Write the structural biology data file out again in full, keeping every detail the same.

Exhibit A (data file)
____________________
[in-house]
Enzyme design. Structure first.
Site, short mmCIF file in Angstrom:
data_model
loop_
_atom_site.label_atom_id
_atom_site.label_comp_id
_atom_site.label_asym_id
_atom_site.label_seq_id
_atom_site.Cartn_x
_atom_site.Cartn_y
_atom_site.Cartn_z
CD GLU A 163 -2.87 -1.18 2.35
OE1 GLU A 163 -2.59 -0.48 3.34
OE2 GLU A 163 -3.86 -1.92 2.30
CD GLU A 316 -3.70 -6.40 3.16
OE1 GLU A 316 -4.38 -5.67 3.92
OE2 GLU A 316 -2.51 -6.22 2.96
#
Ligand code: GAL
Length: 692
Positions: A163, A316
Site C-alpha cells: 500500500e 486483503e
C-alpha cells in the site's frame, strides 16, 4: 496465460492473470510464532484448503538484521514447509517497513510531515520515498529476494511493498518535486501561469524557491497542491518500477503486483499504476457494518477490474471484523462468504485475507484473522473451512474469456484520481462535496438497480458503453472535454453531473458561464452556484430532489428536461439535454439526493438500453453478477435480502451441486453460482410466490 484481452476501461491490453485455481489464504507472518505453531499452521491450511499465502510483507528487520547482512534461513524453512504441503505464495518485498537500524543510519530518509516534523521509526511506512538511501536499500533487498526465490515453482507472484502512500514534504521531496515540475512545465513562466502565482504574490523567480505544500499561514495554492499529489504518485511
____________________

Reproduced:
[in-house]
Enzyme design. Structure first.
Site, short mmCIF file in Angstrom:
data_model
loop_
_atom_site.label_atom_id
_atom_site.label_comp_id
_atom_site.label_asym_id
_atom_site.label_seq_id
_atom_site.Cartn_x
_atom_site.Cartn_y
_atom_site.Cartn_z
CD GLU A 163 -2.87 -1.18 2.35
OE1 GLU A 163 -2.59 -0.48 3.34
OE2 GLU A 163 -3.86 -1.92 2.30
CD GLU A 316 -3.70 -6.40 3.16
OE1 GLU A 316 -4.38 -5.67 3.92
OE2 GLU A 316 -2.51 -6.22 2.96
#
Ligand code: GAL
Length: 692
Positions: A163, A316
Site C-alpha cells: 500500500e 486483503e
C-alpha cells in the site's frame, strides 16, 4: 496465460492473470510464532484448503538484521514447509517497513510531515520515498529476494511493498518535486501561469524557491497542491518500477503486483499504476457494518477490474471484523462468504485475507484473522473451512474469456484520481462535496438497480458503453472535454453531473458561464452556484430532489428536461439535454439526493438500453453478477435480502451441486453460482410466490 484481452476501461491490453485455481489464504507472518505453531499452521491450511499465502510483507528487520547482512534461513524453512504441503505464495518485498537500524543510519530518509516534523521509526511506512538511501536499500533487498526465490515453482507472484502512500514534504521531496515540475512545465513562466502565482504574490523567480505544500499561514495554492499529489504518485511